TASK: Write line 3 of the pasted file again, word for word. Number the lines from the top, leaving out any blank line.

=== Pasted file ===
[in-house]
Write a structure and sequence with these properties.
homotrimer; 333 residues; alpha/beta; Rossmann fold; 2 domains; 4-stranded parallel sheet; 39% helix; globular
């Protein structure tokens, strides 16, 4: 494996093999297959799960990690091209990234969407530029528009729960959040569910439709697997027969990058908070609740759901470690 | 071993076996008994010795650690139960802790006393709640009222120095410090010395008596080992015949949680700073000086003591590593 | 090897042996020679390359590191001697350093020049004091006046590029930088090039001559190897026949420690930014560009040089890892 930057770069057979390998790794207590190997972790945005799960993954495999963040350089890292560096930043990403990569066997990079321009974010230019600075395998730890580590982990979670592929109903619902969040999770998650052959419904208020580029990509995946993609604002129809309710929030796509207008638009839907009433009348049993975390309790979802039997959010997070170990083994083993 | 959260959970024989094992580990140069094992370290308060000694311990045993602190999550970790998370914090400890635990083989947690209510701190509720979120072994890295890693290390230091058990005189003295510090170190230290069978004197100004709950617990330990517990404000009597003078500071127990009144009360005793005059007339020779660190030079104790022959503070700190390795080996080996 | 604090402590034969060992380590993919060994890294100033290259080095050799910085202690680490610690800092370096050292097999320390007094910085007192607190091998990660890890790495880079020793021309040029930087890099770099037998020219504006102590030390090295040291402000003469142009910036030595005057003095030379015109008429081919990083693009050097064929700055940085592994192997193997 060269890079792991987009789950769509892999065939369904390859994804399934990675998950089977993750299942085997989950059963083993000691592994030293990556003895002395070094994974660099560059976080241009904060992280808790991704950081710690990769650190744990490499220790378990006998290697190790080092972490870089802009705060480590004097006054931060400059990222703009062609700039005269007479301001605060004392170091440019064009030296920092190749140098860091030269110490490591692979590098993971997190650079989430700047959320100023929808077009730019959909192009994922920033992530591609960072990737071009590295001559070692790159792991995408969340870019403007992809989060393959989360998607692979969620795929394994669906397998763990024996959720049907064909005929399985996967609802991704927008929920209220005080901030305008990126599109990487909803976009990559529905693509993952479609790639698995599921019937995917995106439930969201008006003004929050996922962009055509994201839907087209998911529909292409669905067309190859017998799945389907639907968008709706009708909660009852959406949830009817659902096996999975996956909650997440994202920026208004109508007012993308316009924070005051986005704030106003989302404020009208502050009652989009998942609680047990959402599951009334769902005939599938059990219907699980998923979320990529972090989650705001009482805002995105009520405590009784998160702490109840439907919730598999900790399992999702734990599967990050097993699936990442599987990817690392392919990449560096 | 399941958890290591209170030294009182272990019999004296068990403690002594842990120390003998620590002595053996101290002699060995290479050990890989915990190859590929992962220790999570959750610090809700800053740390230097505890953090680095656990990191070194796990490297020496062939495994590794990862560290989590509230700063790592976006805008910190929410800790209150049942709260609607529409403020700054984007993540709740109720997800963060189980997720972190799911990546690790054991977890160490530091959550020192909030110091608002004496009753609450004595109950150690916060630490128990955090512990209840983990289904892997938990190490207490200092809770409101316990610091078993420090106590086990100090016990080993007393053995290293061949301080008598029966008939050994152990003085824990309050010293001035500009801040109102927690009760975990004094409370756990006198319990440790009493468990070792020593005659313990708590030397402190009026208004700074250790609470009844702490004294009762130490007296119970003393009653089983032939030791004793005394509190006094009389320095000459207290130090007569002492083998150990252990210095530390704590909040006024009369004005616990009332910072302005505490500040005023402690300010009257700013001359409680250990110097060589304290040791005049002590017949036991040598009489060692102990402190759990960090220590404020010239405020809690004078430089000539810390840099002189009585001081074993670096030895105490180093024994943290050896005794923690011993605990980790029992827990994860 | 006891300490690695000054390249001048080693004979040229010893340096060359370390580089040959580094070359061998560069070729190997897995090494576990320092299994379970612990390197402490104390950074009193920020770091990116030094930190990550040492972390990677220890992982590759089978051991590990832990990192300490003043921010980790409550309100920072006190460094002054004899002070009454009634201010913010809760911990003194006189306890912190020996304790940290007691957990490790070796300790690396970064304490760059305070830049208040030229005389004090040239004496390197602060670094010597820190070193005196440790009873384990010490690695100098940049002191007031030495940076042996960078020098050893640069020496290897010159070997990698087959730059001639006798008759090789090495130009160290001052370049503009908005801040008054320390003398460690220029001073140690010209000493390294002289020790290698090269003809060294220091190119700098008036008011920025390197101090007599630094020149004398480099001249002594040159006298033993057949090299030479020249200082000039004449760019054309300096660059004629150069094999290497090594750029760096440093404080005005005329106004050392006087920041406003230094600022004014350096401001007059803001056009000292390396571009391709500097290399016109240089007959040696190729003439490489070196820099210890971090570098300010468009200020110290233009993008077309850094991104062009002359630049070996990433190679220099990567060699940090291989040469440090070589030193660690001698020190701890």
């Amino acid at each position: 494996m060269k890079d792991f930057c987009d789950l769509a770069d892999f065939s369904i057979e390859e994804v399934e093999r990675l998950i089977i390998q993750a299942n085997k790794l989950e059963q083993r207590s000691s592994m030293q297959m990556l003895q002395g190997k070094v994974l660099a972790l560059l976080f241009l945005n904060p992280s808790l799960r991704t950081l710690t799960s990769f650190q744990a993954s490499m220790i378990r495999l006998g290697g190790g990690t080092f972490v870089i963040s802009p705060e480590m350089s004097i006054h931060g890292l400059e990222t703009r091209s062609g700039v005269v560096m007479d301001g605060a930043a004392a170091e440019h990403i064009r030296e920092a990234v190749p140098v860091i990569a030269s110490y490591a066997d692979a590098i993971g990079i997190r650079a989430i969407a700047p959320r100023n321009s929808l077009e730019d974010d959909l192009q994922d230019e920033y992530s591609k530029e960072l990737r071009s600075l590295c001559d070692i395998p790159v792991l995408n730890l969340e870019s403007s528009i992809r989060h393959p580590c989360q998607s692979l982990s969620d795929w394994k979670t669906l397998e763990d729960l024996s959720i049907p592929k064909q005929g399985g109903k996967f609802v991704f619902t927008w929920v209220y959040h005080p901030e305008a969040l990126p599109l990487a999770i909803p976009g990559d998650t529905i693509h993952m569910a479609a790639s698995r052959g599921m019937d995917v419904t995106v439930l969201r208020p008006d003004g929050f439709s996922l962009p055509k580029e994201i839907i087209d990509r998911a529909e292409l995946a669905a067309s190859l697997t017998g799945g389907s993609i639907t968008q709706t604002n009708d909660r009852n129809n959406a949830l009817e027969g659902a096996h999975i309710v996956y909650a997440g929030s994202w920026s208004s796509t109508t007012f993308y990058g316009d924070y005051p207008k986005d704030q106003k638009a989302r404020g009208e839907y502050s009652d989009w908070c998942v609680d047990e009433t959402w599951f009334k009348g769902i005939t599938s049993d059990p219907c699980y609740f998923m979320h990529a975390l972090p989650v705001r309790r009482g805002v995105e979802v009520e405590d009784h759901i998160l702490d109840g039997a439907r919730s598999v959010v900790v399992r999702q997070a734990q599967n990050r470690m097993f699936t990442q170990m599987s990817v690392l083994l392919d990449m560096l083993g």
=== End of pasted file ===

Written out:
homotrimer; 333 residues; alpha/beta; Rossmann fold; 2 domains; 4-stranded parallel sheet; 39% helix; globular